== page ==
Working with a variety of different business types, I am approached by many people wanting my advice on Forever Living. For those who have never heard of this company, Forever Living are basically a MLM (Multi-Level Marketing) company who sell health and beauty products – with the dominate ingredient of Aloe Vera as it main selling point. Though its founder, Rex Maughan, has become a millionaire in the process of forming this company, it has slight level of controversy surrounding its practice.
How Is Forever Living Supposed to Work?
Those interested in being a part of the Forever group are encouraged to sign up as representatives. This way, they can then begin to sell the products to friends, family members, colleagues and others who are interested in them, whilst gaining some of the profit back depending on the actual sales figures. Whilst this is meant to be the idea, the reality is a heck of a lot different!
How Does Forever Living Actually Work?
The only way to make any kind of decent income with Forever is to be ruthless; and it isn’t by selling the odd item to a friend over Facebook either! No, the only way to see any money back from this role is to move as high up the chain as quickly as possible. That means you need to recruit and basically work off the profit of those reps below you! The more senior you become, the higher percentage and bonuses you will receive.
Forever Living Selling Techniques Leave Little to Be Desired
Perhaps this is the businessman in me talking, but what I strongly urge people to consider with Forever is their pushy sales technique. To begin selling products, once you have forked out a tidy sum for your welcome package, you ideally need to hound people online to sell your products. With Facebook the current favourite way to do this, new recruits are encouraged to sell, sell, sell. The problem is, with most people in the sellers Facebook pages as friends and family, this immediately becomes awkward!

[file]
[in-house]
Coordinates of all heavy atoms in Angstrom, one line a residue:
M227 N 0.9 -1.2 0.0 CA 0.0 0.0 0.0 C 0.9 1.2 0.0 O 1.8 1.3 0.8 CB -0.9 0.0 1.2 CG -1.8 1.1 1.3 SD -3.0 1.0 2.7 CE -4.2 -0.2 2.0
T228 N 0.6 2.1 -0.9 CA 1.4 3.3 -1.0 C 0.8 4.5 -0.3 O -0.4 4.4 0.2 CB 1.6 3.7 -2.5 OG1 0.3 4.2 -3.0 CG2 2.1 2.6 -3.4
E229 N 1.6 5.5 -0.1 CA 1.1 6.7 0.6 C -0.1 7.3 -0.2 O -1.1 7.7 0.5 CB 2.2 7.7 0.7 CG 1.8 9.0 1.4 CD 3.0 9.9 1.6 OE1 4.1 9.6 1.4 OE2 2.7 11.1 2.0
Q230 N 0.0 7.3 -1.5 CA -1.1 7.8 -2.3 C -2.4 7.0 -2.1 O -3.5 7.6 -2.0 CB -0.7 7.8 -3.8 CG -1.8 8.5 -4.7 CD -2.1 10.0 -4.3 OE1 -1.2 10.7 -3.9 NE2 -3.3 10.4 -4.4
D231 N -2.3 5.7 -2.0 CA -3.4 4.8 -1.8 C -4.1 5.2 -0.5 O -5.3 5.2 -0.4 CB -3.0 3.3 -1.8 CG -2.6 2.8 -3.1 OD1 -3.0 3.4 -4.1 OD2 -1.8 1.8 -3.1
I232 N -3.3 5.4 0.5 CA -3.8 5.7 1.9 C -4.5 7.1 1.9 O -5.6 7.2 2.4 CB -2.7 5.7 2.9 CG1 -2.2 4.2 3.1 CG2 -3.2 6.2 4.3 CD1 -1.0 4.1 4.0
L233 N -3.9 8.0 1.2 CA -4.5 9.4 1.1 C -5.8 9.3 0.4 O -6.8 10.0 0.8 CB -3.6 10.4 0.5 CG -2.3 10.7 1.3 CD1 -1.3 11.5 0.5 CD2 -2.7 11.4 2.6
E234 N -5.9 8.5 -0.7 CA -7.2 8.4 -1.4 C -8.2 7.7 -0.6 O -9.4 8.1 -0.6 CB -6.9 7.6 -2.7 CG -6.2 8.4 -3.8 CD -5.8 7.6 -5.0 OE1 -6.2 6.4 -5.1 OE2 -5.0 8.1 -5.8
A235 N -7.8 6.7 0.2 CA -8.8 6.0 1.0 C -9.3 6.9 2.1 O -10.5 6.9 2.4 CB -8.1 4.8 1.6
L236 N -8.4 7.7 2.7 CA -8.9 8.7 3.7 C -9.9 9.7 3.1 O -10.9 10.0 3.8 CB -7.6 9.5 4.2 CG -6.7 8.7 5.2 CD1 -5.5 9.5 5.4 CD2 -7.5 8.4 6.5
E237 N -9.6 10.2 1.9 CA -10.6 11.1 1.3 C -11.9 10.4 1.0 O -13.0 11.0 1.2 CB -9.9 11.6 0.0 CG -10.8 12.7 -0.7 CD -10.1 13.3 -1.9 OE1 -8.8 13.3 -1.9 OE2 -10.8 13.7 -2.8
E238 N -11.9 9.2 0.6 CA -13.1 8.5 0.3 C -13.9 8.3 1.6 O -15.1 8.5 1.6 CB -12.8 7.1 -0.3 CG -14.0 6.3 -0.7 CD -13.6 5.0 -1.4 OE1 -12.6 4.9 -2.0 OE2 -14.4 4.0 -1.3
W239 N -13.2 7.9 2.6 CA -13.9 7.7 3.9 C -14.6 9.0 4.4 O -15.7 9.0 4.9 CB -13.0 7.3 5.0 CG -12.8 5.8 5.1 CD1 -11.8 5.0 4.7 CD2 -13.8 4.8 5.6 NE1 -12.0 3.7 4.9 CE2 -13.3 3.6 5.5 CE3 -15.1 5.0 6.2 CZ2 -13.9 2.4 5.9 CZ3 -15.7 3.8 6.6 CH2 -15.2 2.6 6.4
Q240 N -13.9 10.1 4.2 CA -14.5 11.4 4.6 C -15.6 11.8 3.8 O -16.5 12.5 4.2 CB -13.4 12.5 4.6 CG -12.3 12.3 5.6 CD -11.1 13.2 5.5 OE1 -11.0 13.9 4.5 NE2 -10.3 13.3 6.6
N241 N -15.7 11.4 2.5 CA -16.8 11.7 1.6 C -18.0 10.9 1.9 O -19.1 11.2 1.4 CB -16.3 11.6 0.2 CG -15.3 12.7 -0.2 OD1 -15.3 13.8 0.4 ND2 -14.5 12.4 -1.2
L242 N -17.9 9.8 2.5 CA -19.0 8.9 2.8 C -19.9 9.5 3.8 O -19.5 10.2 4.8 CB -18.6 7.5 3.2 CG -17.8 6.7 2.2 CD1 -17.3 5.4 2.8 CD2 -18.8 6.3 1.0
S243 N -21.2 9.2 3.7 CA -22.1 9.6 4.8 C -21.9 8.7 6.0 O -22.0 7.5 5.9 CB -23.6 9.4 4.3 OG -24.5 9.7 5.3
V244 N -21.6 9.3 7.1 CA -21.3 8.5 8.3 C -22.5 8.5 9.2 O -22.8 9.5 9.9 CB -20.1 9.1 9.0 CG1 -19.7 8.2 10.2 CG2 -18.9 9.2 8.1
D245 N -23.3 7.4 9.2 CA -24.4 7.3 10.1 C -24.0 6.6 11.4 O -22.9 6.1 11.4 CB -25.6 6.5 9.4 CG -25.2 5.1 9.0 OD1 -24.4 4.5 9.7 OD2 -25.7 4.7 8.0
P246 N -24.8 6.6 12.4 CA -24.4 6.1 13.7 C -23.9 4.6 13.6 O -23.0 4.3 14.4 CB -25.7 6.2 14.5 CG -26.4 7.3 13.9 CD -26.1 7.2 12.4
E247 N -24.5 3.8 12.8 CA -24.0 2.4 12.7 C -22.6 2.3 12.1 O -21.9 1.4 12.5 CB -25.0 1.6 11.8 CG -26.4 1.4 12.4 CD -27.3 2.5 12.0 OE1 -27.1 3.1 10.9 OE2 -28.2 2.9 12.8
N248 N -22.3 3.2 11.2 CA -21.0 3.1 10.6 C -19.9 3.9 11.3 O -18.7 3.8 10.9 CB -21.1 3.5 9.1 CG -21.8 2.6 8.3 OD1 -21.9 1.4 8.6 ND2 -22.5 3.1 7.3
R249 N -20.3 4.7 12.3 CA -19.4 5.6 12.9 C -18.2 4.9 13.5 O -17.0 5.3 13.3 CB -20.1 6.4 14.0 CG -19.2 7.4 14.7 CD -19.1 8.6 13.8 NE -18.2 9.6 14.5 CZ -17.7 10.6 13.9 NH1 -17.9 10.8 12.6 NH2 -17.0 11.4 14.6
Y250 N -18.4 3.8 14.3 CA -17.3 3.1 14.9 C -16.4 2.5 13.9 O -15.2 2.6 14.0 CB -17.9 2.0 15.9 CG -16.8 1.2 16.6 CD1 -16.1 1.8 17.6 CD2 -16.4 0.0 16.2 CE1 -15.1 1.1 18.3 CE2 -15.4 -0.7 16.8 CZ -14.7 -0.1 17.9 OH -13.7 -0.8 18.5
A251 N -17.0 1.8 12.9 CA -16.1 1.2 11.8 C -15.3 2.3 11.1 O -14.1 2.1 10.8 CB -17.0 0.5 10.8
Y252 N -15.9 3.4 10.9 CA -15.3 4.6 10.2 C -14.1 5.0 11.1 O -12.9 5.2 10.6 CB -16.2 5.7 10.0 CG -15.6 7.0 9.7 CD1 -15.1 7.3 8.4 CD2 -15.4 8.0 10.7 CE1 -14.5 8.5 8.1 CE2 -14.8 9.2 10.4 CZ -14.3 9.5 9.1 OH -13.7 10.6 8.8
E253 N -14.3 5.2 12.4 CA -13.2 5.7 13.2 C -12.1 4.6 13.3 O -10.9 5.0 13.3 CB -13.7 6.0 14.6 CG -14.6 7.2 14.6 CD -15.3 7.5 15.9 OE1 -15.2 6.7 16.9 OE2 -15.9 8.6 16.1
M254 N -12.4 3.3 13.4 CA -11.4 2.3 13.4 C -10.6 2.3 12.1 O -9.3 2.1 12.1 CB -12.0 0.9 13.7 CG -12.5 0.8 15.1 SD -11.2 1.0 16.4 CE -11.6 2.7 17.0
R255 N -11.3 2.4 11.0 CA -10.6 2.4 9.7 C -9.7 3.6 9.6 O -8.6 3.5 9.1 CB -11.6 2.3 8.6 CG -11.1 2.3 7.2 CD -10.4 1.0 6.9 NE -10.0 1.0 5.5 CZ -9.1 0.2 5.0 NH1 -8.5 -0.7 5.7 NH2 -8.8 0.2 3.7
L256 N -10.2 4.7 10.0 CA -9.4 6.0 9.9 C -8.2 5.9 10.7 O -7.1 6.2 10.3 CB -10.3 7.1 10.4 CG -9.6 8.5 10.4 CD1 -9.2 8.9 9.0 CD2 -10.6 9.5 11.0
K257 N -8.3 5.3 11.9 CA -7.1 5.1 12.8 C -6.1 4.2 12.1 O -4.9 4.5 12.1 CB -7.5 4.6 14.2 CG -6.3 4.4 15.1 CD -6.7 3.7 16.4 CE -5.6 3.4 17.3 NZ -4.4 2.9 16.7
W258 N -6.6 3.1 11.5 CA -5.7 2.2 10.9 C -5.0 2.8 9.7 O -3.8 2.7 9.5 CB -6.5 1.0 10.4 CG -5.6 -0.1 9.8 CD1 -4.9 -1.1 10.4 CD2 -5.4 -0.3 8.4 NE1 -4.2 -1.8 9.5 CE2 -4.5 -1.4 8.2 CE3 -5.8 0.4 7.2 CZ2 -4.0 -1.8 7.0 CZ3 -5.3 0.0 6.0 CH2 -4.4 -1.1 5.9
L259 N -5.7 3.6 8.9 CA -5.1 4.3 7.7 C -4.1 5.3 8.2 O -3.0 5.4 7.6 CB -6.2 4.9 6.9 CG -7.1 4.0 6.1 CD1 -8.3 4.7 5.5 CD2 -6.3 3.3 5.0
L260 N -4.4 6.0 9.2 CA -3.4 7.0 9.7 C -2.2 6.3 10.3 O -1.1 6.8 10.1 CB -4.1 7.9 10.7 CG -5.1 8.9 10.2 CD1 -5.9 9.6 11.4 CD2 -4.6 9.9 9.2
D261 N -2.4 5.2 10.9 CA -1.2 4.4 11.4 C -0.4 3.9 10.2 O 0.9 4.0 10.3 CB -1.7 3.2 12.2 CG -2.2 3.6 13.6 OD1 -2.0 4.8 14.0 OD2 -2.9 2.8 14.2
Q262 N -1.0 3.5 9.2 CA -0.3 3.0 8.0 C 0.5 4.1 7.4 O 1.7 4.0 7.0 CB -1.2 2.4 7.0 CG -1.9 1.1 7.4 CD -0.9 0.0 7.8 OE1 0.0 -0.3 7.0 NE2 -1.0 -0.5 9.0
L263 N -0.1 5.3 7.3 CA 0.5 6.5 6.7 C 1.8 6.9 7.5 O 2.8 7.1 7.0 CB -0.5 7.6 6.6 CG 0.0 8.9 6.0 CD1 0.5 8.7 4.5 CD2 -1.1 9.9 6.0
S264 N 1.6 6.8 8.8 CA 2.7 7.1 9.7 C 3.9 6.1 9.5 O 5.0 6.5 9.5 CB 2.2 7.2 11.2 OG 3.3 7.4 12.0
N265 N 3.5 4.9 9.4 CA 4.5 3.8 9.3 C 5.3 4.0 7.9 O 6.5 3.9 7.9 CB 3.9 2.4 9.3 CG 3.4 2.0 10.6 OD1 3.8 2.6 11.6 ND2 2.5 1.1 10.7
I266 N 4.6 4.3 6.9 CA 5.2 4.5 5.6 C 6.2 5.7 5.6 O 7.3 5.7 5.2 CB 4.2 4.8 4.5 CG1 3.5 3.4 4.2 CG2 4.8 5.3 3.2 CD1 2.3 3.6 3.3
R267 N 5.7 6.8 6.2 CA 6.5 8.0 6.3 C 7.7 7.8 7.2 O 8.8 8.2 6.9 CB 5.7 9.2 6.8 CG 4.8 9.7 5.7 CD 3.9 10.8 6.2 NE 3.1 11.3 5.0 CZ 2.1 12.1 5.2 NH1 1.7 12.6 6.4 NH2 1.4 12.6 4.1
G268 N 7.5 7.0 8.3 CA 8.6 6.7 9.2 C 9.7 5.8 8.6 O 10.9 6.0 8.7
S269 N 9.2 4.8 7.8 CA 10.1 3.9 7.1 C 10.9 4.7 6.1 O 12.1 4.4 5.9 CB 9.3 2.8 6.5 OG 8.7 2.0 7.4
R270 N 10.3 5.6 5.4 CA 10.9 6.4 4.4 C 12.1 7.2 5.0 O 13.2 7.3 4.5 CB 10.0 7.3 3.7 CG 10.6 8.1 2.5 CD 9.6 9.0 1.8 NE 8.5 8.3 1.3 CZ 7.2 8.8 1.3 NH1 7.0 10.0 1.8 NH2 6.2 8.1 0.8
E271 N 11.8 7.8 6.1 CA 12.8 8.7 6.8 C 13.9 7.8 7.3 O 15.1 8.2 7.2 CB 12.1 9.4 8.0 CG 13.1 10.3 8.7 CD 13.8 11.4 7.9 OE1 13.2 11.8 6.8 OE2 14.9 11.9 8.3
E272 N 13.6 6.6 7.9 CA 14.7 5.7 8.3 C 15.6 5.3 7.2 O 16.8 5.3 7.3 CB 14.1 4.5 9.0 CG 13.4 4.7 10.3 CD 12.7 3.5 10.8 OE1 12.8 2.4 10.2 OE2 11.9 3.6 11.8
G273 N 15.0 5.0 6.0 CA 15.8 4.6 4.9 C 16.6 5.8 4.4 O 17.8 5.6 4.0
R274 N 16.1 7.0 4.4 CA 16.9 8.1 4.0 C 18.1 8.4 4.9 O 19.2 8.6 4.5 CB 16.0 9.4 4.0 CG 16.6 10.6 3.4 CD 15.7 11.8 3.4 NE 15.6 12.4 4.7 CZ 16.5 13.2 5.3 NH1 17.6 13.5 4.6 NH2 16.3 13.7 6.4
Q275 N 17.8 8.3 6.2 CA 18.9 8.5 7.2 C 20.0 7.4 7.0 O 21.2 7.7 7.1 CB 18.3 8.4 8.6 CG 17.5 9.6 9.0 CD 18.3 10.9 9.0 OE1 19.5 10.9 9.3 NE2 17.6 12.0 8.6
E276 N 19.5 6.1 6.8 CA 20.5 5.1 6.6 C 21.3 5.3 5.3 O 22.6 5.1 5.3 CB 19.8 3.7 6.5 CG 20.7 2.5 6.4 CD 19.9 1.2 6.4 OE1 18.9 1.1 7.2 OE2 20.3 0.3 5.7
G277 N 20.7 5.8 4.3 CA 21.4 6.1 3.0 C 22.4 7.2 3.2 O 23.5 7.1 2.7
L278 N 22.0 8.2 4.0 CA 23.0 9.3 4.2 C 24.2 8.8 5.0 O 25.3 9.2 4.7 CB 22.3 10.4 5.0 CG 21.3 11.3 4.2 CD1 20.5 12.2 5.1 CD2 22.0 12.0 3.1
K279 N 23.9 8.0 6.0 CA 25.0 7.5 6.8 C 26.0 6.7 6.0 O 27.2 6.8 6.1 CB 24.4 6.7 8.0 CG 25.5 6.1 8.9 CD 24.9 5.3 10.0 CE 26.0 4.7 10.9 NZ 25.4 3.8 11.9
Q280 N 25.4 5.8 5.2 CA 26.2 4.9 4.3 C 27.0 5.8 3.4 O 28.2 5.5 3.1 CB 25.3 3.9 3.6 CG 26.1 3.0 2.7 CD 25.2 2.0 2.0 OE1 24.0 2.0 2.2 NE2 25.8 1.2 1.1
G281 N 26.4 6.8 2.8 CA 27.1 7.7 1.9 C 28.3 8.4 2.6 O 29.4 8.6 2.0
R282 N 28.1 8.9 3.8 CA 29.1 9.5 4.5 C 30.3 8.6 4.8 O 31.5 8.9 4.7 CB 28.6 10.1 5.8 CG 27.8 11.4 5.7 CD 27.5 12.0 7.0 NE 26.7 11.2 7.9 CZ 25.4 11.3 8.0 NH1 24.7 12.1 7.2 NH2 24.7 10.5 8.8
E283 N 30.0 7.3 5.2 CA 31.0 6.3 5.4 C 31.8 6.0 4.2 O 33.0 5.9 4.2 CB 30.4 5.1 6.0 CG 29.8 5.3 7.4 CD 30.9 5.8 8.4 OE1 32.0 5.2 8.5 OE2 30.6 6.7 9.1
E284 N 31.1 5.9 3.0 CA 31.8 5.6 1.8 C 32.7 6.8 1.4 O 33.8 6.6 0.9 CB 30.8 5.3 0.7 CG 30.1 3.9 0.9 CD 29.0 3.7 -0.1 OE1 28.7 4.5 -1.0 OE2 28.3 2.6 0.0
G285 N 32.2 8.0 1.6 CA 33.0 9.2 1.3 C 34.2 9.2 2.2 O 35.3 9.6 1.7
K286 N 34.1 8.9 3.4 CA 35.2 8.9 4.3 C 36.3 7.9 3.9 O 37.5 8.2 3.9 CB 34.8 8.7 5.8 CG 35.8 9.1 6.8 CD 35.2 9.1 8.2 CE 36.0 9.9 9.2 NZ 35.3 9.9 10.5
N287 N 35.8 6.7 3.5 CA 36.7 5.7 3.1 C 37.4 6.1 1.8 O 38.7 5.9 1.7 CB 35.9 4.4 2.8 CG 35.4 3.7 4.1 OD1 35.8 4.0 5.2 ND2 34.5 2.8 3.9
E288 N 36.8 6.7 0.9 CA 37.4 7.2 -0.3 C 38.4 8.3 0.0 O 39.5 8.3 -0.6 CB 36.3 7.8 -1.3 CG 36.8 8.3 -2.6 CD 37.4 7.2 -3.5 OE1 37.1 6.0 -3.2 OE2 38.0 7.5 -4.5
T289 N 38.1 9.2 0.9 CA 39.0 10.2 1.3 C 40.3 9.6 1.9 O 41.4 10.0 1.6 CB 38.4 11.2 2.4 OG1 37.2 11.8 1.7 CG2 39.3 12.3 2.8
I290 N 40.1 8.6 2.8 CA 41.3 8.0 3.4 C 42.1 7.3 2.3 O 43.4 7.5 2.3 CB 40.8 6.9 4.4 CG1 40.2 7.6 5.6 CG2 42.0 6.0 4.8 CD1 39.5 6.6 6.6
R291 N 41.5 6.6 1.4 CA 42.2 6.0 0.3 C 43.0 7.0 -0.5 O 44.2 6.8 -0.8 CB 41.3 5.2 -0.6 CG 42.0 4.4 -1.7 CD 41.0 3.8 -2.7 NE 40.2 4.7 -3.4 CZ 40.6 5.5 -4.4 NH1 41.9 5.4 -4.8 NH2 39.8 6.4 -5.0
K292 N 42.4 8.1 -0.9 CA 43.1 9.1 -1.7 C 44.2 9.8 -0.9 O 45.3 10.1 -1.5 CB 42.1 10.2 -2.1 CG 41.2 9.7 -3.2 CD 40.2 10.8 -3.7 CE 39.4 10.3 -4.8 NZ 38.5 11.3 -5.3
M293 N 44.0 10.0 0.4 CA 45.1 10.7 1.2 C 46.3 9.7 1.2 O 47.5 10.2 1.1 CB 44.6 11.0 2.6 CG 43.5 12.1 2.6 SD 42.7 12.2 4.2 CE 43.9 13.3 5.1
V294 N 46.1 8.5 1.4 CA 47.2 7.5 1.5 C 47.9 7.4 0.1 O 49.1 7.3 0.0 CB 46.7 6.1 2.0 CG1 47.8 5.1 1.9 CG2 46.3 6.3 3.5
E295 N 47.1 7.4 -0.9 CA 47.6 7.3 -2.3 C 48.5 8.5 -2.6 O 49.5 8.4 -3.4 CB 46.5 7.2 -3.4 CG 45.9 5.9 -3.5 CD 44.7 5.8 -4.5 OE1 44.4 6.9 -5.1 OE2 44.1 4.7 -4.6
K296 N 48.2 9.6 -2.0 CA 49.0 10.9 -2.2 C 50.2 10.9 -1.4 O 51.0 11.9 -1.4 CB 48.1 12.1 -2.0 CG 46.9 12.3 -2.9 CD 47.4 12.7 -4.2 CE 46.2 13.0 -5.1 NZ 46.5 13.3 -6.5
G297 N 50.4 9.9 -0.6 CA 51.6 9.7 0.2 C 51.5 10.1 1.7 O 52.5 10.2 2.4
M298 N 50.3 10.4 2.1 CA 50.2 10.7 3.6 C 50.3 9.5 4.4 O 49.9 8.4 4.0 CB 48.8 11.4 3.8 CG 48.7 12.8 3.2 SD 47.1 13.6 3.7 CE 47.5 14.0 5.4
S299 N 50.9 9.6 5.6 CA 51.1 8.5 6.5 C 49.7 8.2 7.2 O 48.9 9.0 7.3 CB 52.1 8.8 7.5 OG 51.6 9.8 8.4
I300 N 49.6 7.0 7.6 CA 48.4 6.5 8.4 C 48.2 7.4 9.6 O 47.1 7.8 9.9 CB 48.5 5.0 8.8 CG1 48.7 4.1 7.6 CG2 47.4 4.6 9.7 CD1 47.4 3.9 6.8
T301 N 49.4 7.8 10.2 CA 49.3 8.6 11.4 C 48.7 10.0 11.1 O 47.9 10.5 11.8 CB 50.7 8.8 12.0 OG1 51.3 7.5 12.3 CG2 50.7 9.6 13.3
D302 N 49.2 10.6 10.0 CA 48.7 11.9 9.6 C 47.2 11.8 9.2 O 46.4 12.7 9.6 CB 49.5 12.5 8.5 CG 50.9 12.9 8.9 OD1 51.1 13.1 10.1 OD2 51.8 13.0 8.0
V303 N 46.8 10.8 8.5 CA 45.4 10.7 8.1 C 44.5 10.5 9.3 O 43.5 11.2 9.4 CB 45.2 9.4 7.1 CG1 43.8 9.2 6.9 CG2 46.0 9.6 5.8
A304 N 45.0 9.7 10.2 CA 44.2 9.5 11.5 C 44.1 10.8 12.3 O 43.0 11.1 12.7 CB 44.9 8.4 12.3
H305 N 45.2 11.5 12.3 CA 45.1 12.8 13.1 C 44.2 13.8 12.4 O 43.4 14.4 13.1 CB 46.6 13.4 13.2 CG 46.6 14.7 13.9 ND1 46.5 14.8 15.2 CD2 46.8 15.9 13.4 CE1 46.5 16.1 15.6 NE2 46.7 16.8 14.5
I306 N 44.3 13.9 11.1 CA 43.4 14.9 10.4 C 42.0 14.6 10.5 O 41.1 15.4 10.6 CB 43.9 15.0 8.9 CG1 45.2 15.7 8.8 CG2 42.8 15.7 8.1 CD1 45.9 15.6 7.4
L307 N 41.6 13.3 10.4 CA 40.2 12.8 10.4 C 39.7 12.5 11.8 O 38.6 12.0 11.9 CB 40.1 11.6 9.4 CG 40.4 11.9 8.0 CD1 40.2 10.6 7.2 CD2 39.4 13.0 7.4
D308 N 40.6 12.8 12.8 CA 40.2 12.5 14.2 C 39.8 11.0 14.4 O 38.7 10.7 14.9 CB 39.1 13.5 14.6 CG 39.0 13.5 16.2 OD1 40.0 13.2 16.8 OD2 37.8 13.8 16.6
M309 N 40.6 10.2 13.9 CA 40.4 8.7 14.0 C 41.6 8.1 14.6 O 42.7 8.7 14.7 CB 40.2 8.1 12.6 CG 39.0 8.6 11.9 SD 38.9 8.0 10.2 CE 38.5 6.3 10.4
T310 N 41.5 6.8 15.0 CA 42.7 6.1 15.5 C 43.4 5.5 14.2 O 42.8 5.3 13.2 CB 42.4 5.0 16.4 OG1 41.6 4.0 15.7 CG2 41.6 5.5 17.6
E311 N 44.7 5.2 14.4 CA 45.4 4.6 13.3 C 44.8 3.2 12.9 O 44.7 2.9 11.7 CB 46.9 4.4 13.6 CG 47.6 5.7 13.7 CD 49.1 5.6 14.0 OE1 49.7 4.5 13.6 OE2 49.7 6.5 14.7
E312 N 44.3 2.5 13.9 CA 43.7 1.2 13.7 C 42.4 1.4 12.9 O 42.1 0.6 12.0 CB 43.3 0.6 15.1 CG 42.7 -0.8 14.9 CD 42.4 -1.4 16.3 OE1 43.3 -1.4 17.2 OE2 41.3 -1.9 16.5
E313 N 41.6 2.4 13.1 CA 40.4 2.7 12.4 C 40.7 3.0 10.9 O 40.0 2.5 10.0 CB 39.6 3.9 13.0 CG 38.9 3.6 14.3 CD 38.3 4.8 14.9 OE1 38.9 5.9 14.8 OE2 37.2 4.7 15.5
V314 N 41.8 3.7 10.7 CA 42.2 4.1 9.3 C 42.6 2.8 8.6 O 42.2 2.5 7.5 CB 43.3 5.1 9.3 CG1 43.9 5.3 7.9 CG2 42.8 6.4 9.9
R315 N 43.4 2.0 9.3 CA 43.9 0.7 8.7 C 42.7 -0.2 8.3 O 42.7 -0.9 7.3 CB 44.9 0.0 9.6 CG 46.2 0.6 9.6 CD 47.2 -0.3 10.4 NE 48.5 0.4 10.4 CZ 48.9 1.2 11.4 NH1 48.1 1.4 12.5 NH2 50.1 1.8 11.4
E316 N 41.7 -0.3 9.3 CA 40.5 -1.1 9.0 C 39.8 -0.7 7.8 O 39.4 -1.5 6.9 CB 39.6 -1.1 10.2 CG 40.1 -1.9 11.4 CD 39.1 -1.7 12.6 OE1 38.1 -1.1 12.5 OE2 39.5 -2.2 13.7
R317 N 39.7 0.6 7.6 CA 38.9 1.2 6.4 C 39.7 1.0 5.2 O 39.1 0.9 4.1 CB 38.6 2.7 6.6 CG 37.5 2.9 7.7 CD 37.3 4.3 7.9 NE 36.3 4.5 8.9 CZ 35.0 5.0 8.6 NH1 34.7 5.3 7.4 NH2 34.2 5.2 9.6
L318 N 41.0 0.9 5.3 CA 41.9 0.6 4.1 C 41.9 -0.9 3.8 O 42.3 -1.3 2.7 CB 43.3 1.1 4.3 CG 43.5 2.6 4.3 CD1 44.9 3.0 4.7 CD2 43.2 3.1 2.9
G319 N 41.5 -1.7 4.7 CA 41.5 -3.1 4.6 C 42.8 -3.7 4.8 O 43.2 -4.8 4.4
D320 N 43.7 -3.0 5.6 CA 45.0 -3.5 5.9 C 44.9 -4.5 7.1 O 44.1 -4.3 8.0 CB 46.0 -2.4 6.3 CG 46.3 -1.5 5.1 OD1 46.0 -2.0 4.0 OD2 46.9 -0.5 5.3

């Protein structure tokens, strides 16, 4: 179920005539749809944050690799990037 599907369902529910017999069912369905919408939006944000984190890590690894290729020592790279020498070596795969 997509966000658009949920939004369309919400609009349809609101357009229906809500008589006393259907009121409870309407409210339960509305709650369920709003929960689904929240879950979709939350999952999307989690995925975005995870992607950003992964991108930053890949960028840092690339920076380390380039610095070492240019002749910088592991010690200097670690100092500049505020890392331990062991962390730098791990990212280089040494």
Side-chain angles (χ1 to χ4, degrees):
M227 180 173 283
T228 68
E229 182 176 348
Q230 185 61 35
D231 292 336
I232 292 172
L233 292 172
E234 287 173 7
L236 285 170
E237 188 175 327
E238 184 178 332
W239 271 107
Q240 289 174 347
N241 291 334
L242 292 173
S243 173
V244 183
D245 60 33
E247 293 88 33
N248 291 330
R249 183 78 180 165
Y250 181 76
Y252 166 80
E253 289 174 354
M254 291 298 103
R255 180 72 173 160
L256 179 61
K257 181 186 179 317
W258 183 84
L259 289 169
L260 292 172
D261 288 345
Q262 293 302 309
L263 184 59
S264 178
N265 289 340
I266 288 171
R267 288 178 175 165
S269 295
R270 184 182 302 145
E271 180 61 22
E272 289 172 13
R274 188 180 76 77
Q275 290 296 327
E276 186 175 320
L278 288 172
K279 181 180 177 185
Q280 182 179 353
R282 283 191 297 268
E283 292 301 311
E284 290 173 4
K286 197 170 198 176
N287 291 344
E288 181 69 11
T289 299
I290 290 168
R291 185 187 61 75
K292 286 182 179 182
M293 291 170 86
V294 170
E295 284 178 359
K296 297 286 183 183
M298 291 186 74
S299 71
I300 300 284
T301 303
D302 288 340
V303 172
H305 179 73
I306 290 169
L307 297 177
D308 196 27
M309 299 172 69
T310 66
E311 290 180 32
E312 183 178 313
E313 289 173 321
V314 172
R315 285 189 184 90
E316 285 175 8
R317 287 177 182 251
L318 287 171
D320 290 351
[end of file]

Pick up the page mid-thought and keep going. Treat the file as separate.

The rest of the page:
Be Aware of Companies Who Request an Initial Outlay!
Perhaps what arouses my suspicions immediately with Forever Living is their insistence on all new representatives, who sign up to the company, to invest £200 for a box of the company products. Whilst I’m aware that when you start out on your own you do encounter initial outlays, I fail to see or understand this one – considering you are meant to be working with a company who has been established since 1978.
If you need to pay to work for a company, this is the time the alarm bells should be ringing!
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